Tekspenuh

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CHAPTER SIX

HIERARCHICAL MULTI-CRITERIA UPDATES ORDERING MECHANISM

6.0 Overview

The purpose of updates ordering in our strategy is to provide each host with a unified set of ordered updates for each replicated object. This ordering provides a level of consistency that the research called consistency with ordering guarantee level. In this level, each replica should have identical and ordered values in same manner as its counter part in the master server. This is in contrast to the level of the consistency that is previously discussed, which implies that each replica should be up to date as compared with the replica that is stored in the master server. This level can be achieved only through updates propagation without needing to enforce a unified ordering as in the former level. Accordingly, the research called the latter level consistency without ordering guarantee level. It is clear that the latter imposes low overhead (storage and communication) as compared with the former. The research provides the two levels in order to meet the requirements of different applications.

6.1 Significance of Updates Ordering

The significance of updates ordering in our replication system originates from the existing of large number hosts that replicate and generate large number of updates concurrently on the same replicated data items. These hosts need to agree on a unified ordering for all updates that occurred in their shared data items. This unified ordering ensures the correct semantics of the replicated service system in case of considering the consistency with ordering guarantee level. For example, consider a data item X that is replicated on n replicas in both fixed and mobile hosts and different numbers of update operations are performed on the set of replicas {R1, R3, R6, R8}, which contains four replicas out of the n replicas. Those updates are issued on each replica according to the following order (u11, u12, u13, u14, u15), (u31, u32, u33), (u61, u62, u63, u64), and (u81, u82), respectively. This scenario is depicted in Figure 6.1.1.

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FIGURE 6.1.1 A Scenario of the Local Ordering of the Updates in the Set of Four Replicas {R1, R3, R6, R8}

Figure 6.1.1 shows the order of updates that occurred in each replica during a specific time period. Each replica of X needs to receive the set of updates that occurred in those four replicas in a unified order. To ensure this unified order, a reasonable total order of those update operations should be defined and enforced over all replicas of X.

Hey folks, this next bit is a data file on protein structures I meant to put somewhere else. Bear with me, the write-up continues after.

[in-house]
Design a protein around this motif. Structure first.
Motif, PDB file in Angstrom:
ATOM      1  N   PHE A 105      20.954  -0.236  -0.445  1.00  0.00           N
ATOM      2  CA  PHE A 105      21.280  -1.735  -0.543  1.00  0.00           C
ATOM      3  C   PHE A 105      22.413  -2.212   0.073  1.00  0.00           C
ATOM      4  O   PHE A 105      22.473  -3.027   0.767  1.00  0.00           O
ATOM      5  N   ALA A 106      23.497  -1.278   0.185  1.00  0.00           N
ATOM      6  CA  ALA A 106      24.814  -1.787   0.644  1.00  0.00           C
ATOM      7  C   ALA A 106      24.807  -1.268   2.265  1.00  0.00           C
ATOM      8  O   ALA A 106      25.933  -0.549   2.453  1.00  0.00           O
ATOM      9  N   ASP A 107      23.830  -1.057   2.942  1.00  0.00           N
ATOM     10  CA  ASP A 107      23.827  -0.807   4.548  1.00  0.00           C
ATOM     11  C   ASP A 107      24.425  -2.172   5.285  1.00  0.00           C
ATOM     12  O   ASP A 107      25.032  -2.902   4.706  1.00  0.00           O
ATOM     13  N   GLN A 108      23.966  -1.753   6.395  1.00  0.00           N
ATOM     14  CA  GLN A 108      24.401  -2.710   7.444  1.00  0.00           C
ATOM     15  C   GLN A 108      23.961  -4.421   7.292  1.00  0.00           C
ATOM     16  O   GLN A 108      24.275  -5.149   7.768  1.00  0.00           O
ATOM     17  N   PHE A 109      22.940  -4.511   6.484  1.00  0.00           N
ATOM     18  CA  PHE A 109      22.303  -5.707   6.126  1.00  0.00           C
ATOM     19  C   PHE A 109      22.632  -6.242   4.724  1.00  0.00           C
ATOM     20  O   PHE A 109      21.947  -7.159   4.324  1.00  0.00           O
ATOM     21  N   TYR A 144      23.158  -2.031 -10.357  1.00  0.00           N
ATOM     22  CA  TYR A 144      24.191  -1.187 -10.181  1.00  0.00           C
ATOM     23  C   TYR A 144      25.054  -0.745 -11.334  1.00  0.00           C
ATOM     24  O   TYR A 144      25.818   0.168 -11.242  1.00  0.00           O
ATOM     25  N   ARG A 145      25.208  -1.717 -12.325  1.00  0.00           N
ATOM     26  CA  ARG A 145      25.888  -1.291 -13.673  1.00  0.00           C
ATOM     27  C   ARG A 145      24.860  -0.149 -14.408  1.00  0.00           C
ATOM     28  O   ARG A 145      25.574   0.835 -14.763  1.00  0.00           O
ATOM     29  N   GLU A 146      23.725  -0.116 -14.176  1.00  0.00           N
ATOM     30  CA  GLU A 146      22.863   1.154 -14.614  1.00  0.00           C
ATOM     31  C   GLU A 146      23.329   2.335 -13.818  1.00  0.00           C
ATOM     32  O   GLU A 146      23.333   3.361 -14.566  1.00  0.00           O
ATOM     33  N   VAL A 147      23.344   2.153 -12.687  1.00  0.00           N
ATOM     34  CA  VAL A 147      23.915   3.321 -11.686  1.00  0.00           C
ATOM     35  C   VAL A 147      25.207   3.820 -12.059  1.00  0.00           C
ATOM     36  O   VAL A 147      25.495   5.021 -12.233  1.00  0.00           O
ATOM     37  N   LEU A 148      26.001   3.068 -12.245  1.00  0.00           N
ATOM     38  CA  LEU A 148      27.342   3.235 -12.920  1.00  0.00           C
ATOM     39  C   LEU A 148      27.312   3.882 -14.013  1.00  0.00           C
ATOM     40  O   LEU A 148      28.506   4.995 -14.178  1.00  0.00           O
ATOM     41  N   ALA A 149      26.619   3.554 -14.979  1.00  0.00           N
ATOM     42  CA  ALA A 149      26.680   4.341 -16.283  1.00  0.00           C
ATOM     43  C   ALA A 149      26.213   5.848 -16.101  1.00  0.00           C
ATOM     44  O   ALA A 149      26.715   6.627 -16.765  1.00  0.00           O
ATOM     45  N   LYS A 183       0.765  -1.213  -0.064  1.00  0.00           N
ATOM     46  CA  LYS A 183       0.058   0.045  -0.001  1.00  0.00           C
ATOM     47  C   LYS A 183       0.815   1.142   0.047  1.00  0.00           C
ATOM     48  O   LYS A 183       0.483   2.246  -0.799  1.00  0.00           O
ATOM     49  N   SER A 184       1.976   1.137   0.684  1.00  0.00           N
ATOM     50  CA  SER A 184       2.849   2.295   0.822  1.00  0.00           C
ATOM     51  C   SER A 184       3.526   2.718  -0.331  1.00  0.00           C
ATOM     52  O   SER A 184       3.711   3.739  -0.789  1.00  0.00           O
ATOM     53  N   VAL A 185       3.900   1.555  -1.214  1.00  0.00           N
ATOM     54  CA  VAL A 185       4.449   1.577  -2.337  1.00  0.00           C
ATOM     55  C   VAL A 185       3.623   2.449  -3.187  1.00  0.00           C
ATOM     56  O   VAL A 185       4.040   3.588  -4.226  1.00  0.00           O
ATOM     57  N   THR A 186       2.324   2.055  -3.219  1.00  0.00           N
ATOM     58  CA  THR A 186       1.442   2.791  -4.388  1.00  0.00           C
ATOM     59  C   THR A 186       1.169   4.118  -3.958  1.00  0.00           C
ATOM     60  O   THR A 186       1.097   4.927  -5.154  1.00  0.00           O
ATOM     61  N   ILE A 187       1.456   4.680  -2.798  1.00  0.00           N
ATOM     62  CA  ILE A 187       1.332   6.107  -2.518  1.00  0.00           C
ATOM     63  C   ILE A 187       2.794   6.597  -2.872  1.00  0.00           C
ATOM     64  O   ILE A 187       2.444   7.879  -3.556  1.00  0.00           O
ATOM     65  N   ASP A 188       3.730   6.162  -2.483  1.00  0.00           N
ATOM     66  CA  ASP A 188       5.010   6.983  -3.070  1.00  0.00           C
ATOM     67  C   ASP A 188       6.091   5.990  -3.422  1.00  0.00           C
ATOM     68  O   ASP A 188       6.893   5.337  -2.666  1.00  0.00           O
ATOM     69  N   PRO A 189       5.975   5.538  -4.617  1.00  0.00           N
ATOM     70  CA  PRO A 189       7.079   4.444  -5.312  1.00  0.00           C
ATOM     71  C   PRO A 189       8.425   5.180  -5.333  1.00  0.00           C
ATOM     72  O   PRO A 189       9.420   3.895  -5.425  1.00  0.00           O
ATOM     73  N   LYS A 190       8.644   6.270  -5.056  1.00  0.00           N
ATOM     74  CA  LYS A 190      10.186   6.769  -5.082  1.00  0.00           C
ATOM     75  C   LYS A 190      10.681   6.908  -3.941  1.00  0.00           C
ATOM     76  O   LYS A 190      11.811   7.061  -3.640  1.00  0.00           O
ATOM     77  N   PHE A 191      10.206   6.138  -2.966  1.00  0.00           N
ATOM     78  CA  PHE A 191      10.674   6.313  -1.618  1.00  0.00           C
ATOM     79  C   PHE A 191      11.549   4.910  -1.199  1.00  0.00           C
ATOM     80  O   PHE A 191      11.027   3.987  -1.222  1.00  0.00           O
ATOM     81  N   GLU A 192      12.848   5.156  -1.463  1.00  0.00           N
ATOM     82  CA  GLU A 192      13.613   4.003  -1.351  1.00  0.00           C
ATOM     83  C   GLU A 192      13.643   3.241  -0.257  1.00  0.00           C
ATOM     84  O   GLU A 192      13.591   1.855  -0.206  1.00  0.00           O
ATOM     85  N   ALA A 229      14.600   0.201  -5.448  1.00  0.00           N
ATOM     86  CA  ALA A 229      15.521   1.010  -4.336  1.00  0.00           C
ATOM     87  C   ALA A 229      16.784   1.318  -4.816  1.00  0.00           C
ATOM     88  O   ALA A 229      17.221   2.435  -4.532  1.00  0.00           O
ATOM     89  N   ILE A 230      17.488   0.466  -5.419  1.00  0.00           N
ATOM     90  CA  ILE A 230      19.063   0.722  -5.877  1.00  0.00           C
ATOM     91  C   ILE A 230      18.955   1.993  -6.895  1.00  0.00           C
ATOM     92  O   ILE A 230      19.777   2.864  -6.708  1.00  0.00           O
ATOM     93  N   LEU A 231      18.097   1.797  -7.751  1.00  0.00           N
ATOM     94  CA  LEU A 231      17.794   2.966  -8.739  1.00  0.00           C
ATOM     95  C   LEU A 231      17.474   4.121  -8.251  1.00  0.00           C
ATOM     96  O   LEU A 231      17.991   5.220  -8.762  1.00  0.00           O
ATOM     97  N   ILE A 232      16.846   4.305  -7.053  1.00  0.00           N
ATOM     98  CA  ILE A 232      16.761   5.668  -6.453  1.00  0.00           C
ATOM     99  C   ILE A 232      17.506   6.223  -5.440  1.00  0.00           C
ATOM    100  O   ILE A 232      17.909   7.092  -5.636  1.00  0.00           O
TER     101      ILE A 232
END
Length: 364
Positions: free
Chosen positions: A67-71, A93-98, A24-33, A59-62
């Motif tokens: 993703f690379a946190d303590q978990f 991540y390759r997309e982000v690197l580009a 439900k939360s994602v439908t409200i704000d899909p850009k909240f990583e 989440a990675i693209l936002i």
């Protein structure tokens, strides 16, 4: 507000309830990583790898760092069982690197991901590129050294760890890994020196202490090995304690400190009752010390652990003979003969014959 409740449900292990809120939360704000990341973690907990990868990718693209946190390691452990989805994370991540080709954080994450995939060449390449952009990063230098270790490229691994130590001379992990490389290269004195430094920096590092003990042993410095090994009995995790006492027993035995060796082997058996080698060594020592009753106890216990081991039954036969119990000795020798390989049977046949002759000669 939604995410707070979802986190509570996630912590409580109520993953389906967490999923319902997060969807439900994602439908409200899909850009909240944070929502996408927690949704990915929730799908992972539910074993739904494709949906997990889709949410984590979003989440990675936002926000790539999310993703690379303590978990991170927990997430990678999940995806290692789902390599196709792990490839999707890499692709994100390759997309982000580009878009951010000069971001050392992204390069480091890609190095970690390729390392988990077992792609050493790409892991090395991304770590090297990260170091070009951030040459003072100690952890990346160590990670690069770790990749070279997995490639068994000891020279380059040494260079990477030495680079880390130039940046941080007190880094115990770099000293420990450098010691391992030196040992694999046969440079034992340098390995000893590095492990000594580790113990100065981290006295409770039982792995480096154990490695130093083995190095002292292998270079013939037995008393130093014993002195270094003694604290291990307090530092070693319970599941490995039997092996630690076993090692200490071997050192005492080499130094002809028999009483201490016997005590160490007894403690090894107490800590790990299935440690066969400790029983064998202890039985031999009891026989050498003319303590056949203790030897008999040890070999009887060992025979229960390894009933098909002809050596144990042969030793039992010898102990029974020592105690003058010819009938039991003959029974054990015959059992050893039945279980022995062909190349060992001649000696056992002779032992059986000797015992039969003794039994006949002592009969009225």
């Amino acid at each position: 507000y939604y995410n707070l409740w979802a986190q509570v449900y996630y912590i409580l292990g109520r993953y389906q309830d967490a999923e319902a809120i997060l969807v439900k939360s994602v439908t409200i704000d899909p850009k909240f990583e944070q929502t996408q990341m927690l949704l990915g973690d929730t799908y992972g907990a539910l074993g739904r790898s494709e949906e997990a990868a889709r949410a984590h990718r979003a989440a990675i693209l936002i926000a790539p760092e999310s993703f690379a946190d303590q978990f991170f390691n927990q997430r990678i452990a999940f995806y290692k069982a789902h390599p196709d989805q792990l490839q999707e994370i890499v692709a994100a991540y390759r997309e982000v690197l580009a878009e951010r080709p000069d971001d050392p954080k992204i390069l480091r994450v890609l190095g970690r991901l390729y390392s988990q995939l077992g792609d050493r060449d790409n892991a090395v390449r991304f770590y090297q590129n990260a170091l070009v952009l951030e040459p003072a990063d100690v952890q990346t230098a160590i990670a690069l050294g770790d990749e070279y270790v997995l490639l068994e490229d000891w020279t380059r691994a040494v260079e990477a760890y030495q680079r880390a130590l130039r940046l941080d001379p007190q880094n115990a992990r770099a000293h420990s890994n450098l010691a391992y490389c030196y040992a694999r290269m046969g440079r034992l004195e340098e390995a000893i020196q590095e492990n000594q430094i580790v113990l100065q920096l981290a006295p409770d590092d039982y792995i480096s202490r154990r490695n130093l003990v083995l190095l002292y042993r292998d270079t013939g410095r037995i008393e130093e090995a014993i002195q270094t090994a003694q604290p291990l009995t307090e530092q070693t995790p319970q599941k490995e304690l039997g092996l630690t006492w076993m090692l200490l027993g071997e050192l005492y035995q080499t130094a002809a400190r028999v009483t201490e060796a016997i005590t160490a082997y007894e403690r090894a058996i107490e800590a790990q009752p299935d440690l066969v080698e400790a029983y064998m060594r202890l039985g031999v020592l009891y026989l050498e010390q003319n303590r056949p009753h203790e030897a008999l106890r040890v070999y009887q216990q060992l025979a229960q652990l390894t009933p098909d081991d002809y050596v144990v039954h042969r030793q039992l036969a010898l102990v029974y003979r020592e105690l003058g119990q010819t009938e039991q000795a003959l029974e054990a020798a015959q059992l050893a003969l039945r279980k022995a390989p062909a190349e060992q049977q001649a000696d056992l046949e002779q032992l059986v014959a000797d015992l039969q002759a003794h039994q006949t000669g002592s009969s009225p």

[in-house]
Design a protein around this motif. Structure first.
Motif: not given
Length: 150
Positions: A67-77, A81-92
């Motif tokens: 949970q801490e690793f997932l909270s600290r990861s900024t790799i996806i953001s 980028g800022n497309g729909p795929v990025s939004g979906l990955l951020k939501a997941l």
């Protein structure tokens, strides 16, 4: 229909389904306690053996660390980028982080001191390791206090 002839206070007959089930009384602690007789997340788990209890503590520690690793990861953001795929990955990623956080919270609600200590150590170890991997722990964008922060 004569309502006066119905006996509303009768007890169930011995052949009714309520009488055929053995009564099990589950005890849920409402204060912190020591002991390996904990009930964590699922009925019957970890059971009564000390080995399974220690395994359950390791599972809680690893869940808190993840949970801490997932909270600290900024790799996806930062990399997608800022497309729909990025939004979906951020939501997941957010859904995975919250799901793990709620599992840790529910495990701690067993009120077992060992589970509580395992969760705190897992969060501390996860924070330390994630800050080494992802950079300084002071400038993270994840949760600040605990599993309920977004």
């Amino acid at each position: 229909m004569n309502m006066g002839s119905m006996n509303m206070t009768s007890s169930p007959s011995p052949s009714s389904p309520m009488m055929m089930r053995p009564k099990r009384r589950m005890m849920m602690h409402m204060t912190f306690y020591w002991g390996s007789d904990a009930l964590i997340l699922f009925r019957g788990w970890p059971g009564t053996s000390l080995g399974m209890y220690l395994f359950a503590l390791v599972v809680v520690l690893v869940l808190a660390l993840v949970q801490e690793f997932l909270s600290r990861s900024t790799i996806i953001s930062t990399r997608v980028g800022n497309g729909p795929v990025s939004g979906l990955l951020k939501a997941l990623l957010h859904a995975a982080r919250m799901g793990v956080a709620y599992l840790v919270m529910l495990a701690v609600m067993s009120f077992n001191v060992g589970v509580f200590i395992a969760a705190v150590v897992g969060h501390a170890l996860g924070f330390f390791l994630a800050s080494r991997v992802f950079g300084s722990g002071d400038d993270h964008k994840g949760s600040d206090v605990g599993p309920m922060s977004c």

Accordingly, our main question in this chapter is: How and in what sequence should the updates be ordered to preserve the data consistency through a unified order if these updates are carried out by a large number of distinct fixed and mobile hosts?.

As a response to this question, an ordering mechanism is presented that provides each host on different rims with a set of unified ordered updates. This unified order is produced as a result of participating of all center points in the ordering process through enforcing a hierarchical multi-criteria ordering on updates, which are collected on each center point from underlying hosts in its area. The ordering criteria include timestamp attributes that characterize the events of updates generation and updates propagation. The propagation event can be divided into two sub events, which are: send and receive. The timestamp attributes are associated with the individual updates as well as the messages that propagate these updates to the responsible center points in order to facilitate the ordering process in the higher levels.

The proposed ordering mechanism is based on the causal ordering. However, the constraint of causal ordering is not always necessary to be hold in large scale mobile distributed database systems as proved by the following assertion.

R3 R6 R8

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Assertion 6.1.1 Casual ordering constraint that requires the order of receiving two messages should be same as the order of their sending does not hold always in LMDDBSs.

Proof. Consider two updates u1 and u2 are sent from MHi and MHj, respectively, to the same destination D, such that u1u2 (u1 is sent before u2). If sending of u1

experienced more delay than sending of u2 on the communication link due to variability and limitation of the available bandwidth, network delays and the distances between both MHi and MHj and D, this increases the probability of receiving u2

before u1 at D (although u1 was sent before u2). Thus, the constraint of causal ordering, which requires that the order of receiving u1 and u2 should follow the order of sending them may not be hold in this case.

Accordingly, the proposed ordering mechanism provides new constraints for enforcing causal ordering in LMDDBSs by eliminating the dependency between the orders that are produced by considering both receiving and sending events, as well as updates generation event. Based on these constraints, the ordering is performed through multiple checks by comparing updates based on the occurrences of the three events according to the sequence: generation, sending, and receiving. In this multiple check, updates are compared based on the occurrence of the next event if and only if comparing them using the occurrence of current event has produced the same order.